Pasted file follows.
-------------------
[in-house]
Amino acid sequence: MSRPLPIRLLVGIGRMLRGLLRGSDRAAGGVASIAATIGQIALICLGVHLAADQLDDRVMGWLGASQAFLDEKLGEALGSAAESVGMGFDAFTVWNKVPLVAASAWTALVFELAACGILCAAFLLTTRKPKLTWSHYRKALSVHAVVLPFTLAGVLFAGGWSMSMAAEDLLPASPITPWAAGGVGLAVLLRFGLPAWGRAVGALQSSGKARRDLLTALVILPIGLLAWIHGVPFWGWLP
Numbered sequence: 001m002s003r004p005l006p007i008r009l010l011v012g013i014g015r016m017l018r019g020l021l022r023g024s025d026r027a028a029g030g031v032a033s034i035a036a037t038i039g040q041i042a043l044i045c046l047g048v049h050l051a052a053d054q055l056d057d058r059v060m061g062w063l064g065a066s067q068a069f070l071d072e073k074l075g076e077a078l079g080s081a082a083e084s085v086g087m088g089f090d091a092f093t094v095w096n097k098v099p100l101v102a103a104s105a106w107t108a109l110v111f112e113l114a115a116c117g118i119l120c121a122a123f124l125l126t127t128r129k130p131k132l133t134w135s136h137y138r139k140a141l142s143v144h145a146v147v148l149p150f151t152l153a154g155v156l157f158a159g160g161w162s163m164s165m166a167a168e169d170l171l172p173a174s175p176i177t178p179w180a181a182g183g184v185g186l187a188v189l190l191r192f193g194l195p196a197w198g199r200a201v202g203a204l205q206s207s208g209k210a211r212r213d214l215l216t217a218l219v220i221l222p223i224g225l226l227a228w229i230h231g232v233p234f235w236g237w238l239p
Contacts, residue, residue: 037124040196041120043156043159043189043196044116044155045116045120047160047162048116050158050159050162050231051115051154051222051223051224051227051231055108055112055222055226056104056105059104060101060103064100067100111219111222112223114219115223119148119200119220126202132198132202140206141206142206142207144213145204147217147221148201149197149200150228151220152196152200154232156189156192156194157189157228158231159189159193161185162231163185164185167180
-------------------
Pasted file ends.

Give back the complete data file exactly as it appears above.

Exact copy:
[in-house]
Amino acid sequence: MSRPLPIRLLVGIGRMLRGLLRGSDRAAGGVASIAATIGQIALICLGVHLAADQLDDRVMGWLGASQAFLDEKLGEALGSAAESVGMGFDAFTVWNKVPLVAASAWTALVFELAACGILCAAFLLTTRKPKLTWSHYRKALSVHAVVLPFTLAGVLFAGGWSMSMAAEDLLPASPITPWAAGGVGLAVLLRFGLPAWGRAVGALQSSGKARRDLLTALVILPIGLLAWIHGVPFWGWLP
Numbered sequence: 001m002s003r004p005l006p007i008r009l010l011v012g013i014g015r016m017l018r019g020l021l022r023g024s025d026r027a028a029g030g031v032a033s034i035a036a037t038i039g040q041i042a043l044i045c046l047g048v049h050l051a052a053d054q055l056d057d058r059v060m061g062w063l064g065a066s067q068a069f070l071d072e073k074l075g076e077a078l079g080s081a082a083e084s085v086g087m088g089f090d091a092f093t094v095w096n097k098v099p100l101v102a103a104s105a106w107t108a109l110v111f112e113l114a115a116c117g118i119l120c121a122a123f124l125l126t127t128r129k130p131k132l133t134w135s136h137y138r139k140a141l142s143v144h145a146v147v148l149p150f151t152l153a154g155v156l157f158a159g160g161w162s163m164s165m166a167a168e169d170l171l172p173a174s175p176i177t178p179w180a181a182g183g184v185g186l187a188v189l190l191r192f193g194l195p196a197w198g199r200a201v202g203a204l205q206s207s208g209k210a211r212r213d214l215l216t217a218l219v220i221l222p223i224g225l226l227a228w229i230h231g232v233p234f235w236g237w238l239p
Contacts, residue, residue: 037124040196041120043156043159043189043196044116044155045116045120047160047162048116050158050159050162050231051115051154051222051223051224051227051231055108055112055222055226056104056105059104060101060103064100067100111219111222112223114219115223119148119200119220126202132198132202140206141206142206142207144213145204147217147221148201149197149200150228151220152196152200154232156189156192156194157189157228158231159189159193161185162231163185164185167180